Agriculture continues to rank as one of the most dangerous industries in the nation. Media coverage is an important tool for sharing farm safety information, improving knowledge and changing behaviors. Despite this importance, surprisingly little research has focused on agricultural media coverage and the forces that influence journalists’ decisions about when and how to cover safety stories. This study uses content analysis methods to examine the nature of farm safety issues, accidents, and topics that appear in mainstream news, agricultural media, and blogs. Researchers also interviewed journalists and bloggers to better understand their motivations, barriers, and information needs when covering safety topics. Findings indicate there is a need to expand safety reporting beyond accident coverage and to better engage bloggers in farm safety topics. Journalists emphasized their strong moral obligation to cover farm safety and desire to include more preventative information and actionable advice in stories. They also described their struggle to find local angles other than accident reports and to find timely hooks for farm safety features outside of harvest and planting seasons. Journalists wanted more research-based studies, stories, and relationships with organizational experts connected to safety and health issues. Few bloggers were engaged with farm safety topics, as some preferred to focus on more consumer-oriented information or felt they did not know enough about farm safety to write about it. Recommendations are included for journalists and organizations working on farm safety related topics and campaigns.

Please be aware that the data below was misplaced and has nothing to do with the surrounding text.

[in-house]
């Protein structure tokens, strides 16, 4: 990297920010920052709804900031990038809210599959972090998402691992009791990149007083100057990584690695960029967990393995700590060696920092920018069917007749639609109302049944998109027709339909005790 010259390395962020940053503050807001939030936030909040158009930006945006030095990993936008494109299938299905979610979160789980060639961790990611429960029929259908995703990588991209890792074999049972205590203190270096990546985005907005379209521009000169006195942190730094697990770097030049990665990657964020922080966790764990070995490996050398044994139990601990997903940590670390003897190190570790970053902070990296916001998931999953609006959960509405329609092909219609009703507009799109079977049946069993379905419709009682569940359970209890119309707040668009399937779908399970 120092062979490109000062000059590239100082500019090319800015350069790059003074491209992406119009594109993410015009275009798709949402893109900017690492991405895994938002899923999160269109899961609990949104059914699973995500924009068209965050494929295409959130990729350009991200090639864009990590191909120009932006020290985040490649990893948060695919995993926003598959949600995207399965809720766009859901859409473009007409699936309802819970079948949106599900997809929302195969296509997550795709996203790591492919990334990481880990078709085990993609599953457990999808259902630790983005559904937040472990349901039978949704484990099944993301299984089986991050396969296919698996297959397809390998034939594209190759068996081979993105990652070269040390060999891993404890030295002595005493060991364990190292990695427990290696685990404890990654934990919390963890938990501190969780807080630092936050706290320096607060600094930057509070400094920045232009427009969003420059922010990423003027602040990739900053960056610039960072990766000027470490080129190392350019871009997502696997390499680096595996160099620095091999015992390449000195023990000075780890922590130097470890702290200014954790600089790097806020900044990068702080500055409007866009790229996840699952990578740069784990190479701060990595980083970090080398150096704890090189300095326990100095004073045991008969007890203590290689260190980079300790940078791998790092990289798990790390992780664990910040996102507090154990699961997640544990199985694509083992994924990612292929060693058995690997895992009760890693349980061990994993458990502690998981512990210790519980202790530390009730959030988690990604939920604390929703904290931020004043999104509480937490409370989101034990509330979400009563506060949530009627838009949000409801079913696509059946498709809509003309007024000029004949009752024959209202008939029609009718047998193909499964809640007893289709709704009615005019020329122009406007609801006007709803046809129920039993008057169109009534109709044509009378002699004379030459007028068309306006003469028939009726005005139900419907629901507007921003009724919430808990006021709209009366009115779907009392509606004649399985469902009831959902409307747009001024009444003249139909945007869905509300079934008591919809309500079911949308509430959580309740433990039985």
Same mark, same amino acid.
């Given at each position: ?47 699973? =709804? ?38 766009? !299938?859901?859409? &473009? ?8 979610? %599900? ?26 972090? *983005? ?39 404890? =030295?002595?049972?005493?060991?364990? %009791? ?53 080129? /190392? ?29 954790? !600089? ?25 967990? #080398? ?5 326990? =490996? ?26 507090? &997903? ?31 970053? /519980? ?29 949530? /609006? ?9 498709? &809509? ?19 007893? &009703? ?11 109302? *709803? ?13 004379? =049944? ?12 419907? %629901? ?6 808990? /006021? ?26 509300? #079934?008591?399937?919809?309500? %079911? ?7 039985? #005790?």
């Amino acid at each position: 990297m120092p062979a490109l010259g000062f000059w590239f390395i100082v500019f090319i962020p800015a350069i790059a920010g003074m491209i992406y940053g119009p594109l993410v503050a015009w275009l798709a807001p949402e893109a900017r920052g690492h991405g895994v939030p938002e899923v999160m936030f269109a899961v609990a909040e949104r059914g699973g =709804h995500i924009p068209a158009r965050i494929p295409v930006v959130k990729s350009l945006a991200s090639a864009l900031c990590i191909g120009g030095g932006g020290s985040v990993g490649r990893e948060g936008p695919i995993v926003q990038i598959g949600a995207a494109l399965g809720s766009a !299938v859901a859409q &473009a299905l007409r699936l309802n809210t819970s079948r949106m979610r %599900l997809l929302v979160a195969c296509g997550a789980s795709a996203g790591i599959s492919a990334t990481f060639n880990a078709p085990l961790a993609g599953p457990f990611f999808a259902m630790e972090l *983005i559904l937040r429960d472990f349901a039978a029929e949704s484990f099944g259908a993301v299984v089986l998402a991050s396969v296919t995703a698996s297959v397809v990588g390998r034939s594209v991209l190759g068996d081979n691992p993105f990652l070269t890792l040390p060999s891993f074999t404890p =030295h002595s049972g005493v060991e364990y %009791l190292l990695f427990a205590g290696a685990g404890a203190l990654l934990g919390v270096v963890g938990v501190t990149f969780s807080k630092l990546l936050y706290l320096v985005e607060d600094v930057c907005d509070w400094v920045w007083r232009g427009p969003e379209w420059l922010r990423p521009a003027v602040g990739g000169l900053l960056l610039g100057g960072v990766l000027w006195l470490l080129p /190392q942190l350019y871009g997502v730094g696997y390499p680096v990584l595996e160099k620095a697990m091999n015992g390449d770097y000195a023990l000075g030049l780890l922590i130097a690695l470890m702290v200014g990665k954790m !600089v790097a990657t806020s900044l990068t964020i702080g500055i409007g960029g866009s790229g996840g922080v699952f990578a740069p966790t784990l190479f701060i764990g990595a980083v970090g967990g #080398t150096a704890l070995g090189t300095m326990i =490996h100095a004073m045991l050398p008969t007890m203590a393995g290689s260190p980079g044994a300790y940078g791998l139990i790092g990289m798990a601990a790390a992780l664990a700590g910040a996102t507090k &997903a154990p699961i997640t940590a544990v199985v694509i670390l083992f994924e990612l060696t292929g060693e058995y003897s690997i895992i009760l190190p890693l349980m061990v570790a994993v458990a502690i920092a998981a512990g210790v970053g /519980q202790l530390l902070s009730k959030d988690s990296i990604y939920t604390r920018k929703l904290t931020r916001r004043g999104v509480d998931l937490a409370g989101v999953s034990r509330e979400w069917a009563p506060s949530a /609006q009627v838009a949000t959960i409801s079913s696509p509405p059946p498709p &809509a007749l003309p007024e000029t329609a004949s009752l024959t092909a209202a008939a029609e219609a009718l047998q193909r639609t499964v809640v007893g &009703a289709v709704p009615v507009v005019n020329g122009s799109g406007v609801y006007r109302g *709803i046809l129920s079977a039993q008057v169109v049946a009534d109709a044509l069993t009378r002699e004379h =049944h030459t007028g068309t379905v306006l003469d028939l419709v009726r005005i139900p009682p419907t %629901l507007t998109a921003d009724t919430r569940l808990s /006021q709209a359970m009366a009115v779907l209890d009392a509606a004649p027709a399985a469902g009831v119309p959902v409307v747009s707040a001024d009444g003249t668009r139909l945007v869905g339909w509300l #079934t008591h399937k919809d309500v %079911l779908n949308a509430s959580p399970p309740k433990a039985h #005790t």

Swenson, Rebecca; Roiger, Brandon; and Murillo, Alexis
"Safely through the Gate: Exploring Media Coverage and Journalists Decisions on the Flow of Farm Safety Stories,"
Journal of Applied Communications:
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